The Russian Defense Ministry has signed an order for a pilot batch of the T-14 Armata tanks. The first tanks are already arriving for trials.
More than 100 units of the T-14 Armata tanks will be handed to the Russian Defense Ministry – a conforming order for a pilot batch has already been signed, as well as the first tanks are already arriving for trials.
According to Deputy Defense Minister Jury Borisov, the first batch of tanks, developed and produced by Russia’s leading tank manufacturer and creator of the T-14 Armata, the Uralvagonzavod, will be used in comprehensive military tests simulating combat situations.
“We have a contract for a pilot batch of more than 100 machines. They are already arriving for trials,” the RIA Novosti news agency quoted the words of Borisov.
The statement was made during the Army-2016 military forum. The exact cost of the deal has not yet been disclosed by officials.
Chief of the Uralvagonzavod Oleg Sienko noted that, initially, the delivery program of the T-14 tanks for the Russian Army was planned to last until 2020, however, later, it was extended until 2025.
According to the Russian Defense Ministry, in total, Russian military needs 2,300 units of the T-14 Armata tanks.
The T-14 was for the first time presented to the public during a rehearsal for the Victory Parade in Moscow on April 29, 2015. However, its turret was masked. The official presentation took place during the actual parade on May 9, 2015.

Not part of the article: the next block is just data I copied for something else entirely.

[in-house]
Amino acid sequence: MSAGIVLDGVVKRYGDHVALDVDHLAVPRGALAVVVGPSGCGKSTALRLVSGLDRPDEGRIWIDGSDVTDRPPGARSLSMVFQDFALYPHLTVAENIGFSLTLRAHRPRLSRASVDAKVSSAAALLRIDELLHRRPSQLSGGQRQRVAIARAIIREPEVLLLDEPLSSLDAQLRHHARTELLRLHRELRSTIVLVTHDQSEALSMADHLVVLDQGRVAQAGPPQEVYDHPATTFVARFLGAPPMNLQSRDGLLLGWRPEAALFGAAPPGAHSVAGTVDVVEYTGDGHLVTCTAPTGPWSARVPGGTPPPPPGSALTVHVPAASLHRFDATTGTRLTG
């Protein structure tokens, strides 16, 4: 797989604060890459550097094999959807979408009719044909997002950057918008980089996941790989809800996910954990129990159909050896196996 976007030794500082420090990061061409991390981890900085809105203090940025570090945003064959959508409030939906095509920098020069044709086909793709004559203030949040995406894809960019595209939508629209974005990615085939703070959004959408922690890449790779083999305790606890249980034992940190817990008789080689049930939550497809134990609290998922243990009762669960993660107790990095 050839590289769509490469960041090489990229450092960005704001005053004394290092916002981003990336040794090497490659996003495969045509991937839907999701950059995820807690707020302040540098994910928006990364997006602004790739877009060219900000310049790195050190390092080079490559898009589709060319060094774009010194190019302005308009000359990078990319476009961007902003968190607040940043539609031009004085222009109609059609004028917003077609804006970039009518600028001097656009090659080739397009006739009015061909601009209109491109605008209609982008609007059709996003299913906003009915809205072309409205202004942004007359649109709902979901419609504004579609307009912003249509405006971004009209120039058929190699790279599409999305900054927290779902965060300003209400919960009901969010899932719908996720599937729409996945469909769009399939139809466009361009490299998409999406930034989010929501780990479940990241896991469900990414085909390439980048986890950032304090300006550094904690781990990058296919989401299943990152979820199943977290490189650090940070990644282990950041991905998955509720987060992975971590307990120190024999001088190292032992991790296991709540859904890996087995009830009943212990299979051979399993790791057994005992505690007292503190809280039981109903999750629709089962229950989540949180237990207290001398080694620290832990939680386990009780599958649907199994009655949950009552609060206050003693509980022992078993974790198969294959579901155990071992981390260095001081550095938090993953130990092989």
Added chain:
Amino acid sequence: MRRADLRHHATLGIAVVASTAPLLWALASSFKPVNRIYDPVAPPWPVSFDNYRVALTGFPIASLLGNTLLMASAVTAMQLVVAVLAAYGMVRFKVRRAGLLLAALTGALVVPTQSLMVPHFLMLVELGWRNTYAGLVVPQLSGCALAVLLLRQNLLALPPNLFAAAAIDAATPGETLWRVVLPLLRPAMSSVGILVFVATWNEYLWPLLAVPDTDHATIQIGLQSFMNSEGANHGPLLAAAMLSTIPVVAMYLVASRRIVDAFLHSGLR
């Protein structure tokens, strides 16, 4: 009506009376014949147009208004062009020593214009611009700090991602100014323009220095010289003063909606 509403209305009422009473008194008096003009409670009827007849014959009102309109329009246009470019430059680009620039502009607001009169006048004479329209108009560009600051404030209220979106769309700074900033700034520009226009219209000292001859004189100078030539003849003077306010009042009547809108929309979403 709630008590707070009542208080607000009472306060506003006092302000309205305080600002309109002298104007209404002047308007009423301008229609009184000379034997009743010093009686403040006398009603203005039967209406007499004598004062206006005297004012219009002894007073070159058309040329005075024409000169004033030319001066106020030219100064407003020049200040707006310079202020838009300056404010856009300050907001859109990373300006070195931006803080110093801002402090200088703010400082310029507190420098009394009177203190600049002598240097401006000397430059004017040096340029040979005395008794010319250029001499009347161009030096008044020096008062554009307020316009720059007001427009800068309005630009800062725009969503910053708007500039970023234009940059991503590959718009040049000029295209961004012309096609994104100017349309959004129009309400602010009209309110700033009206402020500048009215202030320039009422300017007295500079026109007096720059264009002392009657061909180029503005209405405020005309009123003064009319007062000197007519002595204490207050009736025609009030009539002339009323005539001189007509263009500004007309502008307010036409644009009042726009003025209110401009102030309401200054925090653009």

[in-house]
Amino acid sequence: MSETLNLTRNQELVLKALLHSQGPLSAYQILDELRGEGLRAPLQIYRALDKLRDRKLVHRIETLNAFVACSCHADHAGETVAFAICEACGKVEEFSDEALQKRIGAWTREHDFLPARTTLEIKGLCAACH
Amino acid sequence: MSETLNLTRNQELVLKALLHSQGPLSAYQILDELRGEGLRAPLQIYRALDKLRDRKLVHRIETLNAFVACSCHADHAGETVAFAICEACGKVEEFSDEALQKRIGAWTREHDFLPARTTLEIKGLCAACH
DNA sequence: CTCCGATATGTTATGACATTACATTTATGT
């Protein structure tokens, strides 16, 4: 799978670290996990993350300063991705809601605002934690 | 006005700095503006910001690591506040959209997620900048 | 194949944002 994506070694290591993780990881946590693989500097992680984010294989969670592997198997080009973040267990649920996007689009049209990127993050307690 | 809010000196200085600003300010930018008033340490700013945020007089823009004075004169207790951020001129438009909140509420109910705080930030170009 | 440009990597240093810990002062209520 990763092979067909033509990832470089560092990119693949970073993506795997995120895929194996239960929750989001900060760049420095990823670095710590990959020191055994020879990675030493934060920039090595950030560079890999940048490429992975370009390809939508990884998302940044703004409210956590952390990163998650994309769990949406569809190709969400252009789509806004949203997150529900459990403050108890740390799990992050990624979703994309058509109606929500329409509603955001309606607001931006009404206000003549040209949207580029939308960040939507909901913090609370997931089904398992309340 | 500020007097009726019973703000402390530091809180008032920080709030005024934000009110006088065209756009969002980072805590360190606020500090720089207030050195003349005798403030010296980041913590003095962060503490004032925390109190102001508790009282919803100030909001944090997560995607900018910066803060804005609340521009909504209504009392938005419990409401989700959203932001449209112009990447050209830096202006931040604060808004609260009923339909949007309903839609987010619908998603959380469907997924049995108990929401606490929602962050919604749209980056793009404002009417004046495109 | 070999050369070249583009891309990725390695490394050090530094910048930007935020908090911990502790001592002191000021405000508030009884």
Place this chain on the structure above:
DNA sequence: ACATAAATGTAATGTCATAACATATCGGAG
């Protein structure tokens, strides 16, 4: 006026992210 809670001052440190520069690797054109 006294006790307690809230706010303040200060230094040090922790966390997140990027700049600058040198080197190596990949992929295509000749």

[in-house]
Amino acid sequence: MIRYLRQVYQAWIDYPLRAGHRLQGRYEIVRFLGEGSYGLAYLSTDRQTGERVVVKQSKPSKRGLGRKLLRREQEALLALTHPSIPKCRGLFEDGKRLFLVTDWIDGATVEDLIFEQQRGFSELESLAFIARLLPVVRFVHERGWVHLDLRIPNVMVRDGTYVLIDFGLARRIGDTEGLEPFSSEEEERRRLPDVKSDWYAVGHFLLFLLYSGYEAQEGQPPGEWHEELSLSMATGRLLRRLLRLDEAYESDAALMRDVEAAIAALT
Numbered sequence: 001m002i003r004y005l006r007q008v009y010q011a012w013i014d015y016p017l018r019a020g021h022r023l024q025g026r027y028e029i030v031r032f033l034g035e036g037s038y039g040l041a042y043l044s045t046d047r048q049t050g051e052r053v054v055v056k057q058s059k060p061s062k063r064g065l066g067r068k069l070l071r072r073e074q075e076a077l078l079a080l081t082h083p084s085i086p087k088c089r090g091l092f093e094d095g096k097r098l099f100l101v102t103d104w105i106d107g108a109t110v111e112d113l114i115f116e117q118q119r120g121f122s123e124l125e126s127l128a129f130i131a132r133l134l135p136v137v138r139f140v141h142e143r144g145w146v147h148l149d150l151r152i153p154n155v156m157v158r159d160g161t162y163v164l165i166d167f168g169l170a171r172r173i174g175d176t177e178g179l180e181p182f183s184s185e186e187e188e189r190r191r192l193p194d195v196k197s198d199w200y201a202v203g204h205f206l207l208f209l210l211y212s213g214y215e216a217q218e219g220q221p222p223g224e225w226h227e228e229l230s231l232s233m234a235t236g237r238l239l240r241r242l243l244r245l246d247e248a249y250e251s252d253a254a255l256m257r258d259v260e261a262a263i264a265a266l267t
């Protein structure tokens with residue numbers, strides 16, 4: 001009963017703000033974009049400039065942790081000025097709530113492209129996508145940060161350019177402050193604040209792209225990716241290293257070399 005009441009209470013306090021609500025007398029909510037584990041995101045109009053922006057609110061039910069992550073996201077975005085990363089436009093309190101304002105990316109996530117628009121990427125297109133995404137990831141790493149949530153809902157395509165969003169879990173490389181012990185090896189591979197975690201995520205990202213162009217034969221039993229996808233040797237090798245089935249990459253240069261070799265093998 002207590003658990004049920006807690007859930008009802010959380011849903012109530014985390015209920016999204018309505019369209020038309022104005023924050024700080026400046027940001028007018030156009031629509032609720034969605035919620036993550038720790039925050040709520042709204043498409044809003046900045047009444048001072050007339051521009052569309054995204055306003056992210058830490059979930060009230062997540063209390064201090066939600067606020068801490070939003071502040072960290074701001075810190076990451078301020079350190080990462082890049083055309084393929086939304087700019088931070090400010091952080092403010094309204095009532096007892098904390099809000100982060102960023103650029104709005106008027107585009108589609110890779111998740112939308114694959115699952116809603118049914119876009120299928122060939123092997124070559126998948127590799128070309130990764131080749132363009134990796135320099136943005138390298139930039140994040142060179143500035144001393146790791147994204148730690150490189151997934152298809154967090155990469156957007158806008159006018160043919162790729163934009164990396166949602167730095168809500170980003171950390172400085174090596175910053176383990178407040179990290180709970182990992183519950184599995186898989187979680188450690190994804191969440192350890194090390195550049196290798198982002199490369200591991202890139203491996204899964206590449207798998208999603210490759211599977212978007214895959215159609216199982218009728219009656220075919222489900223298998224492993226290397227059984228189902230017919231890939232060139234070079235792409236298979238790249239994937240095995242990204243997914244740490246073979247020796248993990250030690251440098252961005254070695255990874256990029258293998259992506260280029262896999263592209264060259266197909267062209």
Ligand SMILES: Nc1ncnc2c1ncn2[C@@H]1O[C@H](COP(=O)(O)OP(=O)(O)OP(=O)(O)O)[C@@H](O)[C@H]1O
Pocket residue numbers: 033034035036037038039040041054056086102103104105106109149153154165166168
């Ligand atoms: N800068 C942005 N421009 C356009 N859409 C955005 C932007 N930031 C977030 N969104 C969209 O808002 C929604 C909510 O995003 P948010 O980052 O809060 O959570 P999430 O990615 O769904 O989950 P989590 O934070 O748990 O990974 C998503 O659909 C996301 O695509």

A fully automated unmanned turret, as well as HD cameras, providing an outside view, are one of the main advantages of the T-14 tank. The tank is capable to move with speed up to 90 kilometers per hour that is more than 20 kilometers per hour faster than the US Abrams M1A2. The T14 is currently armed with the 125 mm cannon, which is going to be replaced with the 152 mm later version.
According to Uralvagonzavod’s engineers and Russian military, soon the T-14 will be turned into a completely automated system, capable to operate on the battlefield with only a remote control, as well as will be integrated with a drone in order to give it a decisive advantage in a battle.
“Unmanned Armata is the machine of the future – we have no doubts about it. Both we and the military are sure,” Sienko said in April of this year.
The chassis of the T-14 tank is also used as a platform for production of other types of armored vehicles, including infantry fighting vehicles and self-propelled guns.